Last night some friends and I had one of our periodic ‘Green Girls’ dinner parties at my friend Colleen’s house. We had a blast sharing news, laughter, viewpoints and encouragement around sustainability. Colleen’s meatless eggplant mousakka was a hit.
We all eat more than 1,000 meals a year, for a big percentage of our carbon footprint. If we want to lighten our carbon footprint, the principle to embrace is that heating anything is a surprisingly big deal. It burns the fossil fuels that releases global warming gases. So if we’re cooking to combat climate change, we want to conserve heat at every turn. Some tips: (please write in with your own, too)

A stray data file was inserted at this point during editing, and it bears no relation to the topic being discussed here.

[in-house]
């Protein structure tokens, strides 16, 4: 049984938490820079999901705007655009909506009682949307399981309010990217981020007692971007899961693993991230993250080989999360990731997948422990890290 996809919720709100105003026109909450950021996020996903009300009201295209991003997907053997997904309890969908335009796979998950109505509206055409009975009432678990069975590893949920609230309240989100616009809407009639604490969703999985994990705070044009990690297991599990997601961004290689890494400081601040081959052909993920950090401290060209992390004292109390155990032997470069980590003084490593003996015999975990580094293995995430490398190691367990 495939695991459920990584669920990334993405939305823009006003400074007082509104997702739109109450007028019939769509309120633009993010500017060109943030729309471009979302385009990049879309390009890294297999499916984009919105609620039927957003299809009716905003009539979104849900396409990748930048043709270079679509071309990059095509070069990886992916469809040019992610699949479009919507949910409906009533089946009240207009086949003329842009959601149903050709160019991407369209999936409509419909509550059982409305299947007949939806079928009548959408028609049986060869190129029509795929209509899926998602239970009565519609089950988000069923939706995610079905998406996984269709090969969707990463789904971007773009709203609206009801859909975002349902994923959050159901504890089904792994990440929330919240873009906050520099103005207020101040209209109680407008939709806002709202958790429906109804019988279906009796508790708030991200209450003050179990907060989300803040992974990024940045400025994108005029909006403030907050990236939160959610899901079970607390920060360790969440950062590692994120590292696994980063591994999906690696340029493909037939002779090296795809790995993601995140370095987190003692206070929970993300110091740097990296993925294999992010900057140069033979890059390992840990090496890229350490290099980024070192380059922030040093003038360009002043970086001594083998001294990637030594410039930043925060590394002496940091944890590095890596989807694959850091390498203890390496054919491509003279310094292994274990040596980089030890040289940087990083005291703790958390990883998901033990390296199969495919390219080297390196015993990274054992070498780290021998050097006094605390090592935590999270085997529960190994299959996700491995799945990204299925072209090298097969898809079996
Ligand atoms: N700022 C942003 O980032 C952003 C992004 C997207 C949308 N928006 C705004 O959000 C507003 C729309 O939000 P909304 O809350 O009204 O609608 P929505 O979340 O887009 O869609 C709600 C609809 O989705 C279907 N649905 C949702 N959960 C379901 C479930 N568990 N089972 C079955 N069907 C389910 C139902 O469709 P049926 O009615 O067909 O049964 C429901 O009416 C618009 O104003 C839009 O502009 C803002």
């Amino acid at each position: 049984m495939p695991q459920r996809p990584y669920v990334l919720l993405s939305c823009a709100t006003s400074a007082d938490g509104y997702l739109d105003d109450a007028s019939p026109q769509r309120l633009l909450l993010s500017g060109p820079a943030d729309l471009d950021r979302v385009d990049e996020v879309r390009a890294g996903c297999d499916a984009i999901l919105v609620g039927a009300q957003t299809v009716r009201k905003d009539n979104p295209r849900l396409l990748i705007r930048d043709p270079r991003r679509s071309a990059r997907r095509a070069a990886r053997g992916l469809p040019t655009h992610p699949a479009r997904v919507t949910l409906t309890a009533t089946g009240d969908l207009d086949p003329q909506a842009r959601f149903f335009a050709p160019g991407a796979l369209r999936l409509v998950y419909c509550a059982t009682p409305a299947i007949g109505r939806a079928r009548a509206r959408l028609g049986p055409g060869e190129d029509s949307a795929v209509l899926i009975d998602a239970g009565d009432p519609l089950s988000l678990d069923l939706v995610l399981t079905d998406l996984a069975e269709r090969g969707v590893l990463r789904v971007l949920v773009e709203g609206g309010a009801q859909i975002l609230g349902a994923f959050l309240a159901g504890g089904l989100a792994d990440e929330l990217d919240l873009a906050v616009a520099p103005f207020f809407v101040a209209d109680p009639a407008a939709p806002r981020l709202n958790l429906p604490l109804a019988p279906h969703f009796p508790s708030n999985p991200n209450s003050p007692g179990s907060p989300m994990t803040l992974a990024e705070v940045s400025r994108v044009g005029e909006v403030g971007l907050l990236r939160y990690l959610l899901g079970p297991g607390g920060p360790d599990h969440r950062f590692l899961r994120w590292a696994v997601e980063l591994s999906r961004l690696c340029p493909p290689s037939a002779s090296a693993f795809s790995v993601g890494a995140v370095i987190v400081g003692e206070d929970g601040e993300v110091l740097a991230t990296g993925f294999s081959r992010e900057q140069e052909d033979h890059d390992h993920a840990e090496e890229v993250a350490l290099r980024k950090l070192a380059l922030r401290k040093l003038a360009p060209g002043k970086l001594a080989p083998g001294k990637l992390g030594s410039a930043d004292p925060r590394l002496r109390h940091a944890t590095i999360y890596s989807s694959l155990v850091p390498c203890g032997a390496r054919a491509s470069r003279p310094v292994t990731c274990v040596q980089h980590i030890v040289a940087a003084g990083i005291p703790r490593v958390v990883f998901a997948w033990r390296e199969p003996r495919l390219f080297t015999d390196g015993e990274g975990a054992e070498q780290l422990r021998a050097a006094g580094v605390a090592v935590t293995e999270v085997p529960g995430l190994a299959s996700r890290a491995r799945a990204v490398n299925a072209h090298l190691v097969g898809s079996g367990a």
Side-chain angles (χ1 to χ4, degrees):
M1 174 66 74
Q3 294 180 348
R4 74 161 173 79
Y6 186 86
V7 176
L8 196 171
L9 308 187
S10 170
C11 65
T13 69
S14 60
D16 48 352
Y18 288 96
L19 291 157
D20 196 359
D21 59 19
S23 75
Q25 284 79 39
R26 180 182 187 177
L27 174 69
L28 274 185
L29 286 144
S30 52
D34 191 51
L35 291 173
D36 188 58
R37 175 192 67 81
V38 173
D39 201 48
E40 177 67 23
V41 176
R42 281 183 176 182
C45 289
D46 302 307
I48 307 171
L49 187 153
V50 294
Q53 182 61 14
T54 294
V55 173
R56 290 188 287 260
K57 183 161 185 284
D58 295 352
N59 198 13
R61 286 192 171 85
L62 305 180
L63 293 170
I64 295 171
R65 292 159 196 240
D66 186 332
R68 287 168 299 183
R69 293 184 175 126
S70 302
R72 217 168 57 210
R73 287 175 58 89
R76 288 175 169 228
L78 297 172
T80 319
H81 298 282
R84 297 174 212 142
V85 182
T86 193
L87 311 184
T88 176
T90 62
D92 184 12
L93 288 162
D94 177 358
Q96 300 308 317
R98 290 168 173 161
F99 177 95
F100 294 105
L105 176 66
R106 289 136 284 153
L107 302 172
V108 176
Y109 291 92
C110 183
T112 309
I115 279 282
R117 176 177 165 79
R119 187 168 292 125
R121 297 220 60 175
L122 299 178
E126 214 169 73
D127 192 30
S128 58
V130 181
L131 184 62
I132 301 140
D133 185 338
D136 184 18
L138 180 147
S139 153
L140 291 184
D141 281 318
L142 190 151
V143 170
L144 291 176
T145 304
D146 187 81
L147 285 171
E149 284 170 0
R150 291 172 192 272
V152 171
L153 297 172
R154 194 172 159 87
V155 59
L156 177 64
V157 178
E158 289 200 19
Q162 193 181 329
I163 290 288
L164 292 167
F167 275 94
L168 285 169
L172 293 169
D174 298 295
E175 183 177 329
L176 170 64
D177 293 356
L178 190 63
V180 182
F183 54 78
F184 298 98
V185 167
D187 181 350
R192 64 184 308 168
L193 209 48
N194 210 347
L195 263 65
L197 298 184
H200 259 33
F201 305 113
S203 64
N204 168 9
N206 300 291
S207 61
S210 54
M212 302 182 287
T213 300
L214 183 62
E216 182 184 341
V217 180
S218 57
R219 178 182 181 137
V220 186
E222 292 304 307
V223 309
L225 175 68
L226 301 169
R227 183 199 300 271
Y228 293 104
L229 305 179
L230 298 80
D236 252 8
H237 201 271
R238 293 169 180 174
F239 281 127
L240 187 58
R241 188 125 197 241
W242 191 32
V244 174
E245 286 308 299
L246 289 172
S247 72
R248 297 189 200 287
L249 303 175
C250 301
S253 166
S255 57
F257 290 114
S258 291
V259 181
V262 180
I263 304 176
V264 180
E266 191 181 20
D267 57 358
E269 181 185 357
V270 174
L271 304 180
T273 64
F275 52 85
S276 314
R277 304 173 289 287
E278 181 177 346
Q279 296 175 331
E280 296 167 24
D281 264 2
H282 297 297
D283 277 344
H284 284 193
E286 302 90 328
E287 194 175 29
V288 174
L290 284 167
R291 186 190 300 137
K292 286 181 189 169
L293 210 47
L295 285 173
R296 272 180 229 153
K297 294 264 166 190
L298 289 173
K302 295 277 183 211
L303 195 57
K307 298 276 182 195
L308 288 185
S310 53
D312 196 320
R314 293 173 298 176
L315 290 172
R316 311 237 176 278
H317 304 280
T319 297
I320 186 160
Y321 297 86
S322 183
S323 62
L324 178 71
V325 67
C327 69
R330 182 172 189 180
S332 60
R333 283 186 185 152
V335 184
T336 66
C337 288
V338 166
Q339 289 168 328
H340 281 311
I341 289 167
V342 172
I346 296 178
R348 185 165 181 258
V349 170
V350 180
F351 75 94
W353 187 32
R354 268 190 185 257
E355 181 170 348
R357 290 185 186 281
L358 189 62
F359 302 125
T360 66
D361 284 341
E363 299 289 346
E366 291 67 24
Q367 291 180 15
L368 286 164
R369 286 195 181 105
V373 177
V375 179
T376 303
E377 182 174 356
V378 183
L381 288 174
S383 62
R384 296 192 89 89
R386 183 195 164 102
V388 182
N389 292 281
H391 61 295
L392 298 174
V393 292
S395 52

- Make and post on fridge a list of your favorite no-cook meals
- Examples: tuna salad, tasty sandwiches, crackers & cheese w/ fruit
- Defrost any frozen foods before cooking them
- Cook double amounts to create meals you can quickly reheat later
- Use a stovetop burner no larger than the pan (40% of heat can be wasted otherwise)
- Cover anything cooking on stovetop with a lid to conserve heat
- Copper, glass and ceramic all conserve energy better than metal pans
- When food is close to done, turn off and let coast on existing heat
- Cook and eat with others whenever possible! — to cultivate community as much as to conserve energy
Coming up next: conserving embodied energy in Cooking For Climate Change, Part 2.